He also, according to the indictment, wrote a letter from prison to a fellow Native Mob member in 2004, describing a plan to hold people accountable, and saying "Discipline and promote fear is the quickest way to progress our case."
The indictment also said that in 2010, Morris and Cree tried to kill a man by shooting him multiple times while he held his 5-year-old daughter. The indictment said it was done at McArthur's behest, and in retaliation because the man was cooperating with authorities.
Goetz had no comment on specifics in the indictment, but said the Native Mob is about keeping people safe.
"Are we saying this is the Boys and Girls Club? No. But I think the actual purpose of this is to decrease the violence rather than increase the violence," Goetz said.
Christopher Grant, a national Native American gang specialist in South Dakota, said there are hundreds of American Indian gangs nationwide. Most, he said, are loosely organized and might have as few as five members.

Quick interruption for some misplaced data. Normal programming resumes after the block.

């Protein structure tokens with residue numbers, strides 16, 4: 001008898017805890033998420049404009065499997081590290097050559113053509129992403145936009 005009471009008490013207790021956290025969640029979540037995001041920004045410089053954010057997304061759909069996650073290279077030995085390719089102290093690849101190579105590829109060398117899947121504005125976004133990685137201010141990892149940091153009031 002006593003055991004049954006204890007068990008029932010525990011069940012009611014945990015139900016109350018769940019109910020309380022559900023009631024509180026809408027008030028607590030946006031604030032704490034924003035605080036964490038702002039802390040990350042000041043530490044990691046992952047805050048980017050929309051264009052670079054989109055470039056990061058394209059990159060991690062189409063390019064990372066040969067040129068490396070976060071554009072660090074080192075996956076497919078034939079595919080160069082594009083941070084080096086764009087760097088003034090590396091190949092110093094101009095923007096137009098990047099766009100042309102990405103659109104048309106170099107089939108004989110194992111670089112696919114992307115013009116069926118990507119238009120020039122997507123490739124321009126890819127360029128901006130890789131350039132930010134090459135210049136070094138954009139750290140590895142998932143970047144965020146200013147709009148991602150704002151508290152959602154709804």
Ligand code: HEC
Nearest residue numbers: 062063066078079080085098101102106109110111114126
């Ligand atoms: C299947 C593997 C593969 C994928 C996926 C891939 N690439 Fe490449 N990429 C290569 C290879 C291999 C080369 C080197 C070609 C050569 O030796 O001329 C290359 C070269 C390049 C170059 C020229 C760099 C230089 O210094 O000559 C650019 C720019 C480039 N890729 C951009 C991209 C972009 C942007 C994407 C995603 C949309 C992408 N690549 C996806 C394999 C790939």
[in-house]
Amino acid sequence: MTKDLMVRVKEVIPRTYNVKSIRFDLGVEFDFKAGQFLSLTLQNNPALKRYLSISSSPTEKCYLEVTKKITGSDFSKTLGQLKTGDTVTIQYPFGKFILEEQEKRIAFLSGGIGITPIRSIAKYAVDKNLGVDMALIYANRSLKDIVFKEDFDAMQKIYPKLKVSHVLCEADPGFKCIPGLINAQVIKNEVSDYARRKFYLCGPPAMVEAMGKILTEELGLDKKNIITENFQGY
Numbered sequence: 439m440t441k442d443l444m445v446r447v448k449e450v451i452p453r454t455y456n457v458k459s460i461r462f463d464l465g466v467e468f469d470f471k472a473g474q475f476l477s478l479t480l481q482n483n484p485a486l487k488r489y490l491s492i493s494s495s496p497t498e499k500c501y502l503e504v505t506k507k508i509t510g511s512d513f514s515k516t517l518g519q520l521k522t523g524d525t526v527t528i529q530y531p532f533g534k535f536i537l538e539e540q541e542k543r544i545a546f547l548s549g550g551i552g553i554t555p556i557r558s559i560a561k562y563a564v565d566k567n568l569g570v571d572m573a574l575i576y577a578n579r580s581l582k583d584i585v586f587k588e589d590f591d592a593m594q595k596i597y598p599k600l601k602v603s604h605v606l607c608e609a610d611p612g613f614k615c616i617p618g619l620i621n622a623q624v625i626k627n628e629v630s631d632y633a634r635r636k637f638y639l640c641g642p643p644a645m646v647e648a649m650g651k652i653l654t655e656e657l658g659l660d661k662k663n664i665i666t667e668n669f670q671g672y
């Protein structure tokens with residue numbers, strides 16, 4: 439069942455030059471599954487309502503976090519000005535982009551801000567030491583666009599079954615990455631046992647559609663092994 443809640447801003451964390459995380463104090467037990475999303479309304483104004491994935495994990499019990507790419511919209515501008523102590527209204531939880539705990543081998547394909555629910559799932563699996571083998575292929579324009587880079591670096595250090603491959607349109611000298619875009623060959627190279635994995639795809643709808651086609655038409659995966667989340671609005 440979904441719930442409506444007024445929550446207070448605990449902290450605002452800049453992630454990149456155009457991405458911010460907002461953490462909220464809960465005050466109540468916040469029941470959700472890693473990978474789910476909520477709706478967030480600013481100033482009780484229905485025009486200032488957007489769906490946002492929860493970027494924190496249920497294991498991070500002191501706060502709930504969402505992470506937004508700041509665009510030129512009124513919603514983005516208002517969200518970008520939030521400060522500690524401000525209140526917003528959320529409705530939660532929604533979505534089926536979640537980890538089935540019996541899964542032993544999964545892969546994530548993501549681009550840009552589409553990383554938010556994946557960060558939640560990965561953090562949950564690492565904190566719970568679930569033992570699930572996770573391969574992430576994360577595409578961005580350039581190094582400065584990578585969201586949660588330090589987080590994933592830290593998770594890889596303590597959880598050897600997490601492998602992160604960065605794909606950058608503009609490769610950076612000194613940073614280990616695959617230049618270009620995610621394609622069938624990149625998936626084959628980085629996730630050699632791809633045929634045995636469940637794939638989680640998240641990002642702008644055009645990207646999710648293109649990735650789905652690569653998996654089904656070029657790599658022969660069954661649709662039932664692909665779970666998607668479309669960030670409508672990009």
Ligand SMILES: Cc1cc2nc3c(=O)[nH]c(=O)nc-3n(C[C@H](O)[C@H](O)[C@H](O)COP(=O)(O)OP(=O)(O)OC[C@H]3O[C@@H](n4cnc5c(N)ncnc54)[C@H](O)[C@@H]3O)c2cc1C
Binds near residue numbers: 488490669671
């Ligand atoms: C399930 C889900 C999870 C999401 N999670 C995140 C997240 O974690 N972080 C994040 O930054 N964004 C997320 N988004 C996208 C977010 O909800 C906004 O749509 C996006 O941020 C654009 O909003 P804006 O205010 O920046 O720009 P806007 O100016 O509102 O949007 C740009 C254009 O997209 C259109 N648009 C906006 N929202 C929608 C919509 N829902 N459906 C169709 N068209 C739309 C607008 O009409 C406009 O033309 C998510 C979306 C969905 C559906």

"I consider Native Mob to be the most organized, violent and predatory street gang structure in Indian Country," Grant said. "There are many other Native American gangs ... but Native Mob stands out in terms of their victimization of Native American people in both tribal and non-tribal communities."
Though racketeering cases against Native American gangs are rare, they are not unprecedented.
In Arizona, three members of the East Side Bloods in the Salt River Pima-Maricopa Indian Community are awaiting trial on racketeering crimes. And in 1997, five members of the East Side Crips Rolling 30s, also in the Salt River Pima-Maricopa Community, were convicted on racketeering charges.
The Native Mob trial starts Tuesday with jury selection and is expected to take several weeks as prosecutors plan to call about 300 witnesses — including current and former Native Mob members, crime victims and members of rival gangs. Evidence could include recordings collected by undercover informants and prison calls, according to court documents.
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